Visibility into Peacetime Traffic. Is it Too Much to Expect From Your DDoS Protection Provider?

Today, everyone has at least one insurance policy. It could be a healthcare, automobile, or life insurance policy. We invest heavily in these policies and have high expectations for a return on our investment when the unforeseen happens and we need the protections they provide. But most of us don’t expect anything from our insurance companies during “peacetime” — a period of time when there are no incidents or accidents.

Making peacetime part of the service policy

While a DDoS protection solution resembles an insurance policy in many ways, it should perform even better. Organizations should expect a high degree of service and network visibility from their security providers even during peacetime.

However, like insurance companies, most cyber security companies don’t service their clients during peacetime. Many clients simply do not expect it from their vendors, just like we as consumers don’t expect it from our insurance companies.

At Radware, we believe that clients should expect more from their security vendors. That’s why we are committed to servicing clients when they are under attack, during peacetime — and all year round.

[You may also like: Does Your DDoS Protection Solution Defend Against the Latest Attacks?]

Proactive protection in peacetime

As part of our Cloud DDoS Protection Service, Radware is offering a new Cloud Network Analytics Service, which offers full visibility into network traffic, both during peacetime and when under attack. Network managers will now have a complete picture (see Figure 1) of non-aggregated daily traffic data, spanning 90 days.

Figure 1: Overview of Radware’s Cloud Network Analytics Management System
Figure 1: Overview of Radware’s Cloud Network Analytics Management System

The new service provides analytics and visibility across four key areas: network traffic visibility, services in use, access privileges management, and client-server traffic.

Network Traffic Visibility: Our Cloud Network Analytics Service reports on the exact amount of traffic moving across an organization’s network at any given time. Understanding network consumption enables more effective network planning and deployment to avoid scaling and sizing issues (See Figure 2). For instance, having detailed data about peacetime traffic in hand can be particularly valuable for organizations working with service providers to size the right network. Clear visibility into peacetime traffic leads to more accurate planning and pricing, and ultimately reduces the costs associated with unnecessary bandwidth.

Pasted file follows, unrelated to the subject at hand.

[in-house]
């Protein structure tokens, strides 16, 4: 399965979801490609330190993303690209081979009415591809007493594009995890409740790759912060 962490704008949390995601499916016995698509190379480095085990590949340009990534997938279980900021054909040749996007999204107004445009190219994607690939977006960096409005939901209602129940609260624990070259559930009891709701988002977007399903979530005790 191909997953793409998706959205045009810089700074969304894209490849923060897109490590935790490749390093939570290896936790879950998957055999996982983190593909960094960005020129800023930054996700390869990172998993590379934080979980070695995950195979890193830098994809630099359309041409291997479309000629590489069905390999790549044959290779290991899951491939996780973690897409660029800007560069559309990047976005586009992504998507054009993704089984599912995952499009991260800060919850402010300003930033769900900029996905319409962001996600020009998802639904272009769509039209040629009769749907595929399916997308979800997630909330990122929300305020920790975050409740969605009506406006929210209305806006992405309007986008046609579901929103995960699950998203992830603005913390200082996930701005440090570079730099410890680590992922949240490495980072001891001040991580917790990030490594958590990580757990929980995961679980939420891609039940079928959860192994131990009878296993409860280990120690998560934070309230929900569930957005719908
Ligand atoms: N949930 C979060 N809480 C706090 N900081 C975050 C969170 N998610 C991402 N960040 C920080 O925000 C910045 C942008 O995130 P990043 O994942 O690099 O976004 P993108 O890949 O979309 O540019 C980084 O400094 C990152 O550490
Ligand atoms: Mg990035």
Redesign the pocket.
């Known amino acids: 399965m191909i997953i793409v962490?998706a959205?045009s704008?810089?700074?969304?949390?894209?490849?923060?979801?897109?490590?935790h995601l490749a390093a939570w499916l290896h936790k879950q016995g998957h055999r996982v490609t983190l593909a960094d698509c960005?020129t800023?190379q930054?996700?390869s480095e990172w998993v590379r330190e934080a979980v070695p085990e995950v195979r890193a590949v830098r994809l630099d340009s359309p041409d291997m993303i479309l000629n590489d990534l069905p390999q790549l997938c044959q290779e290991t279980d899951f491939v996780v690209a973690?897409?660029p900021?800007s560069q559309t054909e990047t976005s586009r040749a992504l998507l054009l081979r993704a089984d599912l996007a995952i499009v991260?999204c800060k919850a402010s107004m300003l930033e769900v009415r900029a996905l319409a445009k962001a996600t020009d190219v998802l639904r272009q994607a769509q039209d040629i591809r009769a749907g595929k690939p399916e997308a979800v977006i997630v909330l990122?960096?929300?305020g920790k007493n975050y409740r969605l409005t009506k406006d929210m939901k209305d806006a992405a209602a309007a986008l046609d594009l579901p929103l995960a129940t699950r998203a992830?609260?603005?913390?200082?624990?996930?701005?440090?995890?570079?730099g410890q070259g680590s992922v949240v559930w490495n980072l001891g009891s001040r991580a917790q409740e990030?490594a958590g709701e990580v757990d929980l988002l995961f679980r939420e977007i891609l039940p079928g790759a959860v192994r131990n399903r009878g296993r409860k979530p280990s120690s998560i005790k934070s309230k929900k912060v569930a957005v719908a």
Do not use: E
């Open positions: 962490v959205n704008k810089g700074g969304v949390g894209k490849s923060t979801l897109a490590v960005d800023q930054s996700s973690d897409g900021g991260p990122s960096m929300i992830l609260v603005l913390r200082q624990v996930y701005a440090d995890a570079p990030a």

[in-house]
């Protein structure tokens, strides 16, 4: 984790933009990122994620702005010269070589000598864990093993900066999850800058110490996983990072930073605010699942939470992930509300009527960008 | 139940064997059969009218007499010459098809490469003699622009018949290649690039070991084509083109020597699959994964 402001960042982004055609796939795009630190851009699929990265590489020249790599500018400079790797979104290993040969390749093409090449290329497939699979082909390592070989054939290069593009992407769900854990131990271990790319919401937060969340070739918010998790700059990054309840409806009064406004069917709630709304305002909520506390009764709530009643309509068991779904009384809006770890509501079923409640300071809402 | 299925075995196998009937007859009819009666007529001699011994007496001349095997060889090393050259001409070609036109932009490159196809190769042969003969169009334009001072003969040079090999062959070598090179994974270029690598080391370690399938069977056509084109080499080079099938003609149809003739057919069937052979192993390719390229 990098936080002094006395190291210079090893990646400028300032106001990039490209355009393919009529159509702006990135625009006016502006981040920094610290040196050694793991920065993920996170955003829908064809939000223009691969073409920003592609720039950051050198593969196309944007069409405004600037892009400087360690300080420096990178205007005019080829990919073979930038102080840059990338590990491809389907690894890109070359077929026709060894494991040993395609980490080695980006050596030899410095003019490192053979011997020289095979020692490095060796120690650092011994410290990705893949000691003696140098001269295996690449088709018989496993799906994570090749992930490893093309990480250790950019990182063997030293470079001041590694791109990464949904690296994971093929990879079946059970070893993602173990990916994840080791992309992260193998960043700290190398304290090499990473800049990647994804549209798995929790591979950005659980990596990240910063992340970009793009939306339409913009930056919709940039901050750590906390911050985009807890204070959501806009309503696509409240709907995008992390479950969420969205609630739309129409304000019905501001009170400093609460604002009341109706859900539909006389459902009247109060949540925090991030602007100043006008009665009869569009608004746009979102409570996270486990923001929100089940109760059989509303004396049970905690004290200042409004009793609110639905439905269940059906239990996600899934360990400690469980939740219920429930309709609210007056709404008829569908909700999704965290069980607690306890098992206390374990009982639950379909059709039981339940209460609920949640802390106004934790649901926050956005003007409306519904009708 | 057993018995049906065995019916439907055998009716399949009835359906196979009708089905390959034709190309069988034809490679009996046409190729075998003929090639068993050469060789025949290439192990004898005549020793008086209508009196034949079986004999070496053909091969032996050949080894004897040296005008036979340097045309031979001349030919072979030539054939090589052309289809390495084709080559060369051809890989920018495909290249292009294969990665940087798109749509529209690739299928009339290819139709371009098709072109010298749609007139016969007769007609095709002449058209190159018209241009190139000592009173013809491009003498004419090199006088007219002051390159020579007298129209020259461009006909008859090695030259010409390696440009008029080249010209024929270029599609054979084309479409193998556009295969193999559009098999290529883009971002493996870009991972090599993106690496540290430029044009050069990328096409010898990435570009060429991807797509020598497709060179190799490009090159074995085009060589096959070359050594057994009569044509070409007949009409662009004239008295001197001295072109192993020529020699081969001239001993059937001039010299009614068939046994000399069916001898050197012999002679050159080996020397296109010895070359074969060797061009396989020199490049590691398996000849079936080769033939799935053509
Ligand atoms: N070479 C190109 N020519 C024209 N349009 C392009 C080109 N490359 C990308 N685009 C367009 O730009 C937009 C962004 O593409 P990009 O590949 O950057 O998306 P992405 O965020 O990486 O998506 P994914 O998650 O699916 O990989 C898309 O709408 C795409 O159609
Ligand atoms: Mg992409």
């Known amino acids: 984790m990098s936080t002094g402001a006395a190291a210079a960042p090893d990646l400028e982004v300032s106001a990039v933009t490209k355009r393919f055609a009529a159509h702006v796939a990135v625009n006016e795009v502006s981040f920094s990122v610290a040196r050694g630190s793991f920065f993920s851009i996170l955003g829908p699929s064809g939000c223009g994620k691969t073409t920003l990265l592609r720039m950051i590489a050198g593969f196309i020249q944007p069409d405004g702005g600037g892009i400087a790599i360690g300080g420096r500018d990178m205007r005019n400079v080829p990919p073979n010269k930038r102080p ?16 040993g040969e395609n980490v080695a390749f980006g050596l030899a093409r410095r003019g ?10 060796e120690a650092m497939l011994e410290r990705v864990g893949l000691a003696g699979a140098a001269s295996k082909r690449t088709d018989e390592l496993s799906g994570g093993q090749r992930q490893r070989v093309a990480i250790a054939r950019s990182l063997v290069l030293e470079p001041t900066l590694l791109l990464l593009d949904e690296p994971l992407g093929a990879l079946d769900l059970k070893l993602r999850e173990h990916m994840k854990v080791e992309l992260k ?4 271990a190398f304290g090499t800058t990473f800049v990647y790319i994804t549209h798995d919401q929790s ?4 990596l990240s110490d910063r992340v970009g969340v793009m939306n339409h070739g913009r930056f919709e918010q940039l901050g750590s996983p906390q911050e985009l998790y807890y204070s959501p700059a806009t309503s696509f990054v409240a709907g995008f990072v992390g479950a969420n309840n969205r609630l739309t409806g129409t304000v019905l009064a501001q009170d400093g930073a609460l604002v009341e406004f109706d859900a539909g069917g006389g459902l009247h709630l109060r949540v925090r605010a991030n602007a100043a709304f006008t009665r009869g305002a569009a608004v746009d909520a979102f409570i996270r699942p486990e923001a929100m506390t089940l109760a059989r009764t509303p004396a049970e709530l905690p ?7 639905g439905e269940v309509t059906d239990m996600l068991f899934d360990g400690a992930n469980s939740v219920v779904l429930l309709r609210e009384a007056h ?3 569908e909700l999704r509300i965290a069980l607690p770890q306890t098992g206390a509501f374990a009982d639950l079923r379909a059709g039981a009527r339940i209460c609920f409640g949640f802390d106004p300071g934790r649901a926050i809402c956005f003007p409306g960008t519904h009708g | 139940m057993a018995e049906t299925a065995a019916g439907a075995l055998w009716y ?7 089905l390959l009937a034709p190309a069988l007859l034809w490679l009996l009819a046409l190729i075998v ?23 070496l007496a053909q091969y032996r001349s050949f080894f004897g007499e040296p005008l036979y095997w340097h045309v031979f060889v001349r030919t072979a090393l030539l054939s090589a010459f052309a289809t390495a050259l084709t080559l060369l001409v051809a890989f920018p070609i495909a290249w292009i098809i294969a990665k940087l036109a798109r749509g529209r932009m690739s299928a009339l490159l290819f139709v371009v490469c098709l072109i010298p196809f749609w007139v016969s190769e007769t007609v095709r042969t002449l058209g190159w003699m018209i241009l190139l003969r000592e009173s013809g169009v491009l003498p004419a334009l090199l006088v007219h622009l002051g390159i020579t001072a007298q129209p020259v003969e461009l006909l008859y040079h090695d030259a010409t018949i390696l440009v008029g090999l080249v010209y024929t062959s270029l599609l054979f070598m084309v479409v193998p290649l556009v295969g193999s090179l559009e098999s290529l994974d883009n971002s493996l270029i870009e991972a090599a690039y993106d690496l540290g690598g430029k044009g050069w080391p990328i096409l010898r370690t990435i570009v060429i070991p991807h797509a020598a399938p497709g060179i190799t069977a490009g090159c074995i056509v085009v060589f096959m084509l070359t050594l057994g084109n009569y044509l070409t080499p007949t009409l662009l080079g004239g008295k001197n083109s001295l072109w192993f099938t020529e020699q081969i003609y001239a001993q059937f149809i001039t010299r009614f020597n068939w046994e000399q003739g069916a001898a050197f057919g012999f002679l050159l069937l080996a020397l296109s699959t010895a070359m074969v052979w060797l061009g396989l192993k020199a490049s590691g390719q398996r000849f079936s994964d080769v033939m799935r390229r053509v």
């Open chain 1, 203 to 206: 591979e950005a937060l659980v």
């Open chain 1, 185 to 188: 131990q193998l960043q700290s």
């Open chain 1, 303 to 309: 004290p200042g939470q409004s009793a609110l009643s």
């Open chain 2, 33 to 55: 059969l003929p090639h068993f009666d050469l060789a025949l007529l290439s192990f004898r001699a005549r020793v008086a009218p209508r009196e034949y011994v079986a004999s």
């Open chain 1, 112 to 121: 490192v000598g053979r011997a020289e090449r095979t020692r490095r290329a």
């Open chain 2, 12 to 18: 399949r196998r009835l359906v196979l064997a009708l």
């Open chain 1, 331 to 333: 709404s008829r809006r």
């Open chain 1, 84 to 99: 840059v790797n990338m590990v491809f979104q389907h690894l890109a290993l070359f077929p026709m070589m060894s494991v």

Figure 2: Visibility into the network traffic
Figure 2: Visibility into the network traffic

[You may also like: DDoS Protection in the Age of 5G Networks, Edge Computing and Explosive Bandwidth Growth]

Services in Use: Our analytics service offers a detailed overview of and the ability to monitor services in use, such as HTTPS, DNS, internet browsing, VoIP, file downloading, and more. That way organizations can make sure their services are used for the right purpose (see Figure 3). For example, an unexpected and unusual spike in use is a flag that a service should be investigated.

Figure 3: Services in use
Figure 3: Services in use

Access Privileges Management: To ensure users have proper access to the right systems, our Cloud Network Analytics Service maps users and their access privileges as well as the specific IP addresses and geographies that can access an organization’s services (see Figure 4).

Figure 4: The top sources countries accessing the service
Figure 4: The top sources countries accessing the service

Client-Server Traffic: Our new service also quantifies the amount of traffic flowing between each client to the server, monitoring conversations and making sure users aren’t abusing server conversations or resources. This type of reporting is helpful in detecting the possible abuse of credentials.

It is finally time for companies to demand a little more than the obvious from their security providers and start getting their money’s worth. Even if used in different settings and circumstances, data about peacetime traffic is just as valuable as data about attack traffic — and no one should settle for less.

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*** This is a Security Bloggers Network syndicated blog from Radware Blog authored by Eva Abergel. Read the original post at: